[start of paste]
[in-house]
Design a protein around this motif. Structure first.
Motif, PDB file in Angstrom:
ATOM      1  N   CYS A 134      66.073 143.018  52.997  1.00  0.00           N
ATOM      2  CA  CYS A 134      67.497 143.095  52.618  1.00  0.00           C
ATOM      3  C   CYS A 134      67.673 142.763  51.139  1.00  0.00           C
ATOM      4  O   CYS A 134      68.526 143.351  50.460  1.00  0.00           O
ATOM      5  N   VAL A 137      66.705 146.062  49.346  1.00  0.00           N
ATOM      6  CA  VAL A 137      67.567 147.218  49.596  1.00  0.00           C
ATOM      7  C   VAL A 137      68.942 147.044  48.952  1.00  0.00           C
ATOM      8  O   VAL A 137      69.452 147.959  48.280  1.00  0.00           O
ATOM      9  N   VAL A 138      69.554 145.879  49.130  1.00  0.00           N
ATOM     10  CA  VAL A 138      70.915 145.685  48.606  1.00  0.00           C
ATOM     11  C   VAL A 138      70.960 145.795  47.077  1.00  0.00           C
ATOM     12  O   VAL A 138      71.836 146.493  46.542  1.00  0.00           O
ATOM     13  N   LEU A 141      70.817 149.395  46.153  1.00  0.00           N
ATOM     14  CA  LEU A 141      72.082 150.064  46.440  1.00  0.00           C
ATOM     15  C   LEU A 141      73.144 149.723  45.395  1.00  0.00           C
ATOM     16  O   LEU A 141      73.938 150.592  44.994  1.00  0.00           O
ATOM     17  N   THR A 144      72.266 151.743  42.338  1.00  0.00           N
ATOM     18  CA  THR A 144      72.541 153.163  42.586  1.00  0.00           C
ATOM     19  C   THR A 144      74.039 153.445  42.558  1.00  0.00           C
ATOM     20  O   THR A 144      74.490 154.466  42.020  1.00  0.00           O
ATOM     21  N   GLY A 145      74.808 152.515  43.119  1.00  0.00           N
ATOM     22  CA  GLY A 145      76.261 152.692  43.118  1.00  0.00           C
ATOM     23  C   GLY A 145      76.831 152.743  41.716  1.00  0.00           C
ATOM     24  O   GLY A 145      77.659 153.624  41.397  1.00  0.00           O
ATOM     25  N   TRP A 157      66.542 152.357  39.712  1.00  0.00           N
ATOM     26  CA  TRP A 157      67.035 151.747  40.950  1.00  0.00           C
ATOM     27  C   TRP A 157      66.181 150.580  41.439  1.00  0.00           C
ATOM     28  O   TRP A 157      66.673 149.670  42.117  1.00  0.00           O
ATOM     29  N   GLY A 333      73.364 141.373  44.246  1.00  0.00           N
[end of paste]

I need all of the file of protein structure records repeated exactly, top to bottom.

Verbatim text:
[in-house]
Design a protein around this motif. Structure first.
Motif, PDB file in Angstrom:
ATOM      1  N   CYS A 134      66.073 143.018  52.997  1.00  0.00           N
ATOM      2  CA  CYS A 134      67.497 143.095  52.618  1.00  0.00           C
ATOM      3  C   CYS A 134      67.673 142.763  51.139  1.00  0.00           C
ATOM      4  O   CYS A 134      68.526 143.351  50.460  1.00  0.00           O
ATOM      5  N   VAL A 137      66.705 146.062  49.346  1.00  0.00           N
ATOM      6  CA  VAL A 137      67.567 147.218  49.596  1.00  0.00           C
ATOM      7  C   VAL A 137      68.942 147.044  48.952  1.00  0.00           C
ATOM      8  O   VAL A 137      69.452 147.959  48.280  1.00  0.00           O
ATOM      9  N   VAL A 138      69.554 145.879  49.130  1.00  0.00           N
ATOM     10  CA  VAL A 138      70.915 145.685  48.606  1.00  0.00           C
ATOM     11  C   VAL A 138      70.960 145.795  47.077  1.00  0.00           C
ATOM     12  O   VAL A 138      71.836 146.493  46.542  1.00  0.00           O
ATOM     13  N   LEU A 141      70.817 149.395  46.153  1.00  0.00           N
ATOM     14  CA  LEU A 141      72.082 150.064  46.440  1.00  0.00           C
ATOM     15  C   LEU A 141      73.144 149.723  45.395  1.00  0.00           C
ATOM     16  O   LEU A 141      73.938 150.592  44.994  1.00  0.00           O
ATOM     17  N   THR A 144      72.266 151.743  42.338  1.00  0.00           N
ATOM     18  CA  THR A 144      72.541 153.163  42.586  1.00  0.00           C
ATOM     19  C   THR A 144      74.039 153.445  42.558  1.00  0.00           C
ATOM     20  O   THR A 144      74.490 154.466  42.020  1.00  0.00           O
ATOM     21  N   GLY A 145      74.808 152.515  43.119  1.00  0.00           N
ATOM     22  CA  GLY A 145      76.261 152.692  43.118  1.00  0.00           C
ATOM     23  C   GLY A 145      76.831 152.743  41.716  1.00  0.00           C
ATOM     24  O   GLY A 145      77.659 153.624  41.397  1.00  0.00           O
ATOM     25  N   TRP A 157      66.542 152.357  39.712  1.00  0.00           N
ATOM     26  CA  TRP A 157      67.035 151.747  40.950  1.00  0.00           C
ATOM     27  C   TRP A 157      66.181 150.580  41.439  1.00  0.00           C
ATOM     28  O   TRP A 157      66.673 149.670  42.117  1.00  0.00           O
ATOM     29  N   GLY A 333      73.364 141.373  44.246  1.00  0.00           N